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The most “peoples'” president. Franklin Roosevelt

Author: 30.01.2015 | history, personality
With emphasis purely on statesman’s deeds, biography of Franklin Delano Roosevelt is told by history teachers all over the world. All diligent pupils remember him as the head of the USA elected for four terms instead of permitted two and establisher of the "New Deal". But today in the honor of the famous president's birthday on January, 30, 1882, we'll tell you about his life outside politics.

James Roosevelt and Sara Delano, who belonged to American elite, bent every effort to raise their only son Franklin as a true little aristocrat. His daily routine was literally scheduled minutely. Enhanced education in all subjects including a couple of foreign languages, horse riding and other constituents of gently born children were escorting future US president till the age of 14 when home schooling gave way to private school.

After having "flown parental nest" young man, who used to consistently gladden relatives with good grades, sent them a letter out of the blue where he told that he finally got his first "F" and that he was ineffably happy. Son explained to his surprised parents that his exceptionally high grades contradicted with the school's ethics of the corporate spirit, and this was unacceptable for the educational institution. In order to maintain sound relations with his peers and not to land in the headmaster's office, Roosevelt started getting "F"s in portions.

History and geography were Franklin's favorite subjects. Being fond of stories about famous marine explorers and their great discoveries, he kept telling his mother and father that in future he saw himself only as a sailor and that after getting a certificate was going to Navy Academy. Respecting son's interests yet taking into account juniors' maximalism the parents decided to subtly direct his energy to a different, in their opinion, more prestigious channel - to legal studies. Having analyzed the situation, Franklin followed their advice and entered Harvard and then Columbia University where during studies he managed to try himself in journalism by obtaining a position of student's newspaper editor. On graduation he began working by specialty - in a law firm. Eventually Roosevelt who hated repeatability, got pretty bored by all that and the only sphere he was interested in became politics.

Despite the fact that once president Grover Cleveland put his hand on the head of 5-year-old Franklin and said: "I have one wish for you, little man, that you will never be President of the United States", Roosevelt turned on its ears later on. A plan of accession to the presidential chair was composed by the age of 25, calculated for as long as quarter century and implemented almost to a year. The word is that his "colleagues" from Masonic Lodge (he was initiated as the member in 1911) aided the young politician on his way up to professional eminence. Since then he became fully absorbed with his job that took away nearly all his time. However, Franklin always managed to dedicate some time to his hobby that he acquired when a child. His mail stamps collection in a special case traveled together with its owner wherever he went. Before going to bed he performed a special ritual, looking through and counting his "assemblage". According to Roosevelt's own assertions, it was philately that helped him bring back inspiration and love of life when in 1921 after overcooling doctors diagnosed him with "poliomyelitis" that laid him up and deprived of hope to walk by himself.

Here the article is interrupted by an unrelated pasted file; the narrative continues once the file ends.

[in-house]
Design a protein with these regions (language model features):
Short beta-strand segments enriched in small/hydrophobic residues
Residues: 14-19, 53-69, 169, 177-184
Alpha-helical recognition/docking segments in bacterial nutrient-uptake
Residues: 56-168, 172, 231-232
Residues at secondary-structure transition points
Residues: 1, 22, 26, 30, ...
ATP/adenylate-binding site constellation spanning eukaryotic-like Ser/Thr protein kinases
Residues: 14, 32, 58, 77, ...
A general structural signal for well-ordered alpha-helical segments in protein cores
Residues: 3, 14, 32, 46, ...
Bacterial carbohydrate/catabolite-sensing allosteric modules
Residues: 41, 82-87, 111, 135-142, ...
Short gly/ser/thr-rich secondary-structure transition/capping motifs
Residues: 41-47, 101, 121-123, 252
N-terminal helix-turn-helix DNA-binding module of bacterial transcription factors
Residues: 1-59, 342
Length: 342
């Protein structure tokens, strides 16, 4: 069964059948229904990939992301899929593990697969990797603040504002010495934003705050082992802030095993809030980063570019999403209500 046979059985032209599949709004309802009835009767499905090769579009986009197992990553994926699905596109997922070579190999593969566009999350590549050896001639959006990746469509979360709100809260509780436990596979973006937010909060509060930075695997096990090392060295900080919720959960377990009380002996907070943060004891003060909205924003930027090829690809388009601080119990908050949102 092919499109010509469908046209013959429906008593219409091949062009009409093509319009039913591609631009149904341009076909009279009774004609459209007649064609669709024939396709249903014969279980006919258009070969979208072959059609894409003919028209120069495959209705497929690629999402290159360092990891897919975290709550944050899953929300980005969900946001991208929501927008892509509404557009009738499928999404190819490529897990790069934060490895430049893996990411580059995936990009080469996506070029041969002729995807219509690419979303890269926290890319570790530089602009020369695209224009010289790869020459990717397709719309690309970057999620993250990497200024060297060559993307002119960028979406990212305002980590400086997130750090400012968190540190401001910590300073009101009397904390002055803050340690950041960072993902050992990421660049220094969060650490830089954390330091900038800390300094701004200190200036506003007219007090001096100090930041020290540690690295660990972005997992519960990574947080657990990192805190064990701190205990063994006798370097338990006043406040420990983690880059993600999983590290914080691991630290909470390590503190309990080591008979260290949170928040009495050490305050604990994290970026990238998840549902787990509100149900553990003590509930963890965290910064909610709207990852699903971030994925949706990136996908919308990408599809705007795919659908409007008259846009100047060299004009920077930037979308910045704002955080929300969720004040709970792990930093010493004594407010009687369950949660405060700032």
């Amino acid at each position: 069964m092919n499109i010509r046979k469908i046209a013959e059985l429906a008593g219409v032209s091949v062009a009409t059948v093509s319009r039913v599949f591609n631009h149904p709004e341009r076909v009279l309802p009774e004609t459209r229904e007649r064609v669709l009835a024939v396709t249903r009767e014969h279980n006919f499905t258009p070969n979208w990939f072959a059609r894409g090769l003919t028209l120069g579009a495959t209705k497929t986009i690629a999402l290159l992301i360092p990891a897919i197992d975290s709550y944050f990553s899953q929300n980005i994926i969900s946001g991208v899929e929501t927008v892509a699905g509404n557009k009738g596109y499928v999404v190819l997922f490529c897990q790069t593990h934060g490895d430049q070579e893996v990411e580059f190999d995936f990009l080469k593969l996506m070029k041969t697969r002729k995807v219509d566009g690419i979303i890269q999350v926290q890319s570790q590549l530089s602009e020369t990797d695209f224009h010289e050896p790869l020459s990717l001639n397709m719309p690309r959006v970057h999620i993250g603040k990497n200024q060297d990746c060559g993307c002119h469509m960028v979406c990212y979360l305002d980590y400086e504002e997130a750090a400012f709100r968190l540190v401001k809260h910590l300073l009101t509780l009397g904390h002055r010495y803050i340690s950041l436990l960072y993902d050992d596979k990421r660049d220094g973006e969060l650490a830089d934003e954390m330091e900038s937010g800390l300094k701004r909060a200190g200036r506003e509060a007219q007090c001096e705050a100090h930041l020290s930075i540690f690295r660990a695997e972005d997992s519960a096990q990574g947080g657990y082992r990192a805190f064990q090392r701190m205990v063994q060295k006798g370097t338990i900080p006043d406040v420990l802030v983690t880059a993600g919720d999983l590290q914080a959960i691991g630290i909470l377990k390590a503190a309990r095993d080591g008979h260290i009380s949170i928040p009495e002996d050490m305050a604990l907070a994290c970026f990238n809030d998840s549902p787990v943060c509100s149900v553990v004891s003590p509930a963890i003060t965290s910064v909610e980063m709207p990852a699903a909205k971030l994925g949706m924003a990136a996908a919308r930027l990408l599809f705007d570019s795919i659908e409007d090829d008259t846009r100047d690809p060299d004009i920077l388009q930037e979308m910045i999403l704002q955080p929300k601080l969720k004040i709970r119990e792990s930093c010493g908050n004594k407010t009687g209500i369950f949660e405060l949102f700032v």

In the face of disability, Franklin's mother insisted on her son's abandoning the career but his wife Eleanor, one of the most popular first ladies in the history of the States, strung along his strive to professional growth. Eleanor, who never remained in the shadows of her husband and always took active part in the country's political life, for which the leader of the state was often reproached, used to say: "My husband's sickness made me stand up on my own feet once and for all. By supporting him I acquired my own power". She travelled a lot, visiting foster homes, schools and even prisons. To a certain degree it was thank to his wife that Franklin held the field against his sickness and continued ascending career ladder without letting wider public perceive himself as an invalid.

Talking to his fellow citizens in plain and comprehensible language as an ordinaman, 32nd president of the USA earned a title of the most "peoples'" politician of America. During crisis Roosevelt was no different from any other dweller. In compliance with the declared across-the-board economy, Eleanor used to cook him due breakfast - at a cost of 19 cents. And despite being one big gastronomist, he was patiently eating it.

Proximity to population and skills in both regulating state affairs and controlling his subordinates lead to politician's being elected for the main state position time after time. Rexford Tugwell, when in the position of economic advisor, said: "There was no other president with keener understanding of the comprehensive mechanism of human relationships. He watched his subordinates playing games of their own; he stopped them when it was necessary; he effectively punished with lack of his attention; he rewarded by sharing most intimate ideas".

Franklin Delano Roosevelt died at the age of 63 of cerebral haemorrhage when serving his fourth presidential term. Eleanor Roosevelt was the first family member to find out about the death, she commented on the sad occasion with the stiff upper lip: "I feel for our country and the world more than for myself…"

Photo from open sources

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